Province

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Related to provinces: United Provinces, Maritime Provinces

Province

The district into which a country has been divided; as, the province of Ontario in Canada. More loosely, a sphere of activity or a profession such as medicine or law.

West's Encyclopedia of American Law, edition 2. Copyright 2008 The Gale Group, Inc. All rights reserved.

PROVINCE. Sometimes this signifies the district into which a country has been divided; as, the province of Canterbury, in England the province of Languedoc, in France. Sometimes it means a dependency or colony; as, the province of New Brunswick. It is sometimes used figuratively, to signify power or authority; as, it is the province of the court to judge of the law, that of the jury to decide on the facts.

A Law Dictionary, Adapted to the Constitution and Laws of the United States. By John Bouvier. Published 1856.
References in classic literature ?
A leading salon is a difficult thing to create, whether in Paris or the provinces, and here was one already created.
In the provinces, families marry their sons early to escape the conscription.
On two occasions I met with in this province some oxen of a very curious breed, called nata or niata.
The geological nature of this part of the province was different from the rest, and closely resembled that of the Pampas.
In his political capacity he has authority to settle disputes between the provinces, when other methods fail; to assist at the deliberations of the States-General, and at their particular conferences; to give audiences to foreign ambassadors, and to keep agents for his particular affairs at foreign courts.
Imbecility in the government; discord among the provinces; foreign influence and indignities; a precarious existence in peace, and peculiar calamities from war.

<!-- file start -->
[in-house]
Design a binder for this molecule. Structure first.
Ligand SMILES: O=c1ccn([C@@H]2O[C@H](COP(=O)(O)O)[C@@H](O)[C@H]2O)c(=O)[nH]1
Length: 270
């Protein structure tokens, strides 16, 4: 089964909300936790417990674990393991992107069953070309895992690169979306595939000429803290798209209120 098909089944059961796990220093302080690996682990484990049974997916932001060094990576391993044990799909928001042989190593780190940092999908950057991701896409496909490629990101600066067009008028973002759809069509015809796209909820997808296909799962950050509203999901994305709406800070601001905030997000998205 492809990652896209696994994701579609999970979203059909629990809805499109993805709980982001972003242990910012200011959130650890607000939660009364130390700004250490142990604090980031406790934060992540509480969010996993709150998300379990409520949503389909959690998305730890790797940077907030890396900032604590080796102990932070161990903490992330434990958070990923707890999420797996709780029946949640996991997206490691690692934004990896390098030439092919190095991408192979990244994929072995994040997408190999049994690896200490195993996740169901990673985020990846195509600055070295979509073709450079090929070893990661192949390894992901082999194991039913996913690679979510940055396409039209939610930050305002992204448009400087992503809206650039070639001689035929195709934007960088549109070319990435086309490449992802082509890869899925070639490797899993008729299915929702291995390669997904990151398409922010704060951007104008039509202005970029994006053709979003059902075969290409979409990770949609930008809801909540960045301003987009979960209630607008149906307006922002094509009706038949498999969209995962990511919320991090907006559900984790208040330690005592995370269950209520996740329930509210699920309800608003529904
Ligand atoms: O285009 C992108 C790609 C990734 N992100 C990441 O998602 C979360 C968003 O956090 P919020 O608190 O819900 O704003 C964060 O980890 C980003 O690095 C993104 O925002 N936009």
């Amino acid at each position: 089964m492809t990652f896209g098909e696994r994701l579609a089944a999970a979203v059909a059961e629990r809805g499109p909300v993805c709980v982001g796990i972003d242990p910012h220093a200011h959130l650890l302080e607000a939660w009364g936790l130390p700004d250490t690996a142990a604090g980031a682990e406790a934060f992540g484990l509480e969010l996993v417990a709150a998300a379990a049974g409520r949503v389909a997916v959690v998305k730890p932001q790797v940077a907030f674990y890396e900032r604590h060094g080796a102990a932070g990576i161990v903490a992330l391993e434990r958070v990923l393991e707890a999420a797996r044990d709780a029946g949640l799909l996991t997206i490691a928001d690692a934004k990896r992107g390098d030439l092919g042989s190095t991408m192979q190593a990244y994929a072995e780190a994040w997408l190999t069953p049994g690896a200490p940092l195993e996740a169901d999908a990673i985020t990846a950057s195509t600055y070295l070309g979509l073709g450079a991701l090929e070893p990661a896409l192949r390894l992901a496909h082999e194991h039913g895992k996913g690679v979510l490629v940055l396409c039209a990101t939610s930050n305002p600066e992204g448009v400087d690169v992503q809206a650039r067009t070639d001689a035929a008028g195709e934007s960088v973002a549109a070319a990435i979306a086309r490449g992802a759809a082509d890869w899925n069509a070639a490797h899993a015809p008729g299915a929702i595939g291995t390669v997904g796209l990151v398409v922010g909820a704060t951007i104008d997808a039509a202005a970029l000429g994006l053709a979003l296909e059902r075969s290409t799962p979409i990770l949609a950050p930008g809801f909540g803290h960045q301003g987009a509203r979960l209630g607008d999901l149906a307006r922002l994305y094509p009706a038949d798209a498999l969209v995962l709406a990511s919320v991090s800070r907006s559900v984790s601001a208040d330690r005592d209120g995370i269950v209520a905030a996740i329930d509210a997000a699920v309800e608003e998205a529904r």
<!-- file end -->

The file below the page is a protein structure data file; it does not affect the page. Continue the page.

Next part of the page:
"Governor Shute, formerly a Colonel under Marlborough, and whom the people frightened out of the province; and learned Governor Burnet, whom the legislature tormented into a mortal fever."
But Doctor Byles, and other gentlemen who had long been familiar with the successive rulers of the province, were heard to whisper the names of Shirley, of Pownall, of Sir Francis Bernard, and of the well-remembered Hutchinson; thereby confessing that the actors, whoever they might be, in this spectral march of governors, had succeeded in putting on some distant portraiture of the real personages.
Cotton Mather was greatly afflicted for the sake of the whole province. He had children, too, who were exposed to the danger.
Cooke while the Province House was undergoing repairs.
When he had finished with his speech, the governor walked out of the hall, and the noblemen noisily and eagerly--some even enthusiastically --followed him and thronged round him while he put on his fur coat and conversed amicably with the marshal of the province. Levin, anxious to see into everything and not to miss anything, stood there too in the crowd, and heard the governor say: "Please tell Marya Ivanovna my wife is very sorry she couldn't come to the Home." And thereupon the nobles in high good-humor sorted out their fur coats and all drove off to the cathedral.
On the fourth day the auditing of the marshal's accounts took place at the high table of the marshal of the province. And then there occurred the first skirmish between the new party and the old.

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